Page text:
Governments are using the Covid-19 crisis to change freedom of information laws and, unless we are very careful, important stories could get unreported. Since the beginning of the crisis, governments from Brazil to Scotland have made changes to their FOI laws; some of the changes are rooted in pragmatism at this unprecedented time; others may be inspired by more sinister motives.
FOI laws are a vital part of the toolkit of the free media and form a strong pillar that supports the functioning of open societies.
According to a 2019 report by Unesco – published some two and a half centuries after the first such law was introduced in Sweden – 126 countries around the world now have freedom of information laws. These typically allow journalists and the general public the right to request information relating to decisions made by public bodies and insight into administration of those public bodies.
US president Thomas Jefferson once wrote: “Whenever the people are well informed, they can be trusted with their own government; that whenever things get so far wrong as to attract their notice, they may be relied on to set them to rights.”
Now in this time of crisis, freedom of information processes are being shut down, denied unless they relate specifically to the crisis or the deadlines for responses are being extended.
When the Covid-19 crisis first erupted, we made a decision to monitor attacks on media freedom. It wasn’t just a random idea; we know that in similar times of crisis, repressive governments often attack the work that journalists do – sometimes the journalists themselves – or introduce new legislation they have wanted to do for some time and now see a time of crisis as an opportunity to do so without proper scrutiny.
Since the start of the crisis, we have been collecting reports on attacks on media freedom through an innovative, interactive map. More than 125 incidents have been reported by our readers, our network of international correspondents and our staff in the UK. Many relate to changes to FOI legislation.
Let us be clear there can be legitimate reasons for amending legislation in times of international crisis. With many public officials forced to work from home, many do not have access to the information they need or the colleagues they need to consult to be able to answer journalists’ requests. Others need more time to be able to put together an informed response.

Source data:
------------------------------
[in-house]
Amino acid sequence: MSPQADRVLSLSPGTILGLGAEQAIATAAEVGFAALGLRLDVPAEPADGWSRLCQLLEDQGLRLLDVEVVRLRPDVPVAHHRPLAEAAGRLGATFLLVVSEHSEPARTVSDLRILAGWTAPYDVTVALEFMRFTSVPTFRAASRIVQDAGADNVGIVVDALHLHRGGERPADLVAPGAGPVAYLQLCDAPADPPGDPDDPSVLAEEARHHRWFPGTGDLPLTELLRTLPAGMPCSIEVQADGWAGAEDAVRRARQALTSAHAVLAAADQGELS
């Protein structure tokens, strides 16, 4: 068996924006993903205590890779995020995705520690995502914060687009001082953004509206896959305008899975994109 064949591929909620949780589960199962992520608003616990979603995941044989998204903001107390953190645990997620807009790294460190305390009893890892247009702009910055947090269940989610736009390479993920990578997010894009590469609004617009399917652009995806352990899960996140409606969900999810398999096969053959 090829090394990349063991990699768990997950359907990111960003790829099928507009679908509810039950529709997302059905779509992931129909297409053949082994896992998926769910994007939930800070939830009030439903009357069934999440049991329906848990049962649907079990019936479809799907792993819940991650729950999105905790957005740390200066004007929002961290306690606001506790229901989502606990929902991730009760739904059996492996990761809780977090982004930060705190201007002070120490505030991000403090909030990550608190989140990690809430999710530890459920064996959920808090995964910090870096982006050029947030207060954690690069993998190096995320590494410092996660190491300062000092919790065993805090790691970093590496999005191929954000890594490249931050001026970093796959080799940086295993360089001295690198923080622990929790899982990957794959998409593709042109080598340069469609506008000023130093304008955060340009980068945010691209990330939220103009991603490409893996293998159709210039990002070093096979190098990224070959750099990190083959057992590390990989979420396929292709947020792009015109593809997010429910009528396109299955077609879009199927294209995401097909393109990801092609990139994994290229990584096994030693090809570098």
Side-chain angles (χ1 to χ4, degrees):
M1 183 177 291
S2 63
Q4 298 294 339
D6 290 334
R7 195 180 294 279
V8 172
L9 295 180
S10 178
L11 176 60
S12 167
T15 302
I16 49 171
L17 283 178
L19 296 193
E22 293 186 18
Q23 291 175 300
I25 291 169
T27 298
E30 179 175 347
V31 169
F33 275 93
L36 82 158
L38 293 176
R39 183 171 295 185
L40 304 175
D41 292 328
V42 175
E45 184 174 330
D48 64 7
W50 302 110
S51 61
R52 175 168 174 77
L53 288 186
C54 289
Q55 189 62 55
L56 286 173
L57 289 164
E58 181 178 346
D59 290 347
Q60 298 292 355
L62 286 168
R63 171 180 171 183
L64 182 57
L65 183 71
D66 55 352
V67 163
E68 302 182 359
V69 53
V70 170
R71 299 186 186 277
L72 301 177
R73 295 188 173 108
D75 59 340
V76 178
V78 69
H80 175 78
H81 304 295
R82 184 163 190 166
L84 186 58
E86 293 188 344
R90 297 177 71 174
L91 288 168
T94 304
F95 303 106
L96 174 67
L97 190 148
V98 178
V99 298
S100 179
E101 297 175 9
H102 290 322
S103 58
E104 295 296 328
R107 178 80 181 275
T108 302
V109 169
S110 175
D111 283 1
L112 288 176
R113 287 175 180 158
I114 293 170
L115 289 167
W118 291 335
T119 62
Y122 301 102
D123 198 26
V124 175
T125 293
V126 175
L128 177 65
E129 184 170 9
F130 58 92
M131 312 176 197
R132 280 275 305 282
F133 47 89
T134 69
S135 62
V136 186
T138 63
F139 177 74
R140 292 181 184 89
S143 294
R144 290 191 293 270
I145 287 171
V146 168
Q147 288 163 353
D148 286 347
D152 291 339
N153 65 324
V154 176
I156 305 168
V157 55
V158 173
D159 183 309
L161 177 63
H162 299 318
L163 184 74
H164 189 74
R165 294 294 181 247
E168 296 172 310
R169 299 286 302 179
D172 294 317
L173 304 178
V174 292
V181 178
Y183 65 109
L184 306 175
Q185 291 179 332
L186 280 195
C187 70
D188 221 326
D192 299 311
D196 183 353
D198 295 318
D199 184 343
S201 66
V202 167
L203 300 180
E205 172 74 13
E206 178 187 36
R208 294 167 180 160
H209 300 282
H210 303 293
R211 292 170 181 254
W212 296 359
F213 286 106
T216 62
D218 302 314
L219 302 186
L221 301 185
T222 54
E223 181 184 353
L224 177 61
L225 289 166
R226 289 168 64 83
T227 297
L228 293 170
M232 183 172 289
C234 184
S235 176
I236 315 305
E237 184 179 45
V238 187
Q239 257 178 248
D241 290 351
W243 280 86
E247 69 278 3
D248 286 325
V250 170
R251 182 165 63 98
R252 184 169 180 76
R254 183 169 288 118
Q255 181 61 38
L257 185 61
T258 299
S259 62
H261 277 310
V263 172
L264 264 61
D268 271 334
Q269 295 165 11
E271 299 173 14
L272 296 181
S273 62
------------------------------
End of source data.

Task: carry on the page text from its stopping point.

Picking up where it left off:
Yet both restrictions and delays are worrying. They allow politicians and public bodies to sweep information that should be freely available and subject to wider scrutiny under the carpet of coronavirus. News that is three months old is, very often, no longer news.
In its Coronavirus (Scotland) Bill, the Scottish government has agreed temporary changes to the Freedom of Information (Scotland) Act 2002 that extend the deadlines for getting response to information requests from 20 to 60 working days. The initial draft wording sought to allow some agencies to extend this deadline by a further 40 days “where an authority was not able to respond to a request due to the volume and complexity of the information request or the overall number of requests being dealt with by the authority”. However, this was removed during the reading of the bill following concerns raised by the Scottish information commissioner.
The bill was passed unanimously on 1 April and became law on 6 April. As it stands the new regulations remain in force until 30 September 2020 but can be extended twice by a further six months.
In Brazil, President Jair Bolsonaro has issued a provisional measure which means that the government no longer has to answer freedom of information requests within the usual deadline. Marcelo Träsel of the Brazilian Association of Investigative Journalism says the measure is “dangerous” as it gives scope for discretion in responding to requests.
The decree compelled 70 organisations to sign a statement requesting the government not to make the requested changes, saying “we will only win the pandemic with transparency”.
Romania and El Salvador are among the other countries which have stopped FOI requests or extended deadlines. By contrast, countries such as New Zealand have reocgnised the importance of FOI even in a crisis. The NZ minister of justice Andrew Little tweeted: “The Official Information Act remains important for holding power to account during this extraordinary time.”
FOI law changes are not the only trends we have noticed.
Index’s deputy editor Jemimah Steinfeld has noted how world leaders are ducking questions on coronavirus while editorial assistant Orna Herr has written about how the crisis is providing pretext for Indian prime minister Narendra Modi to increase attacks on the press and Muslims.
If you are a journalist facing unreasonable delays in receiving information from public bodies at this time, do report it to us at bit.ly/reportcorona.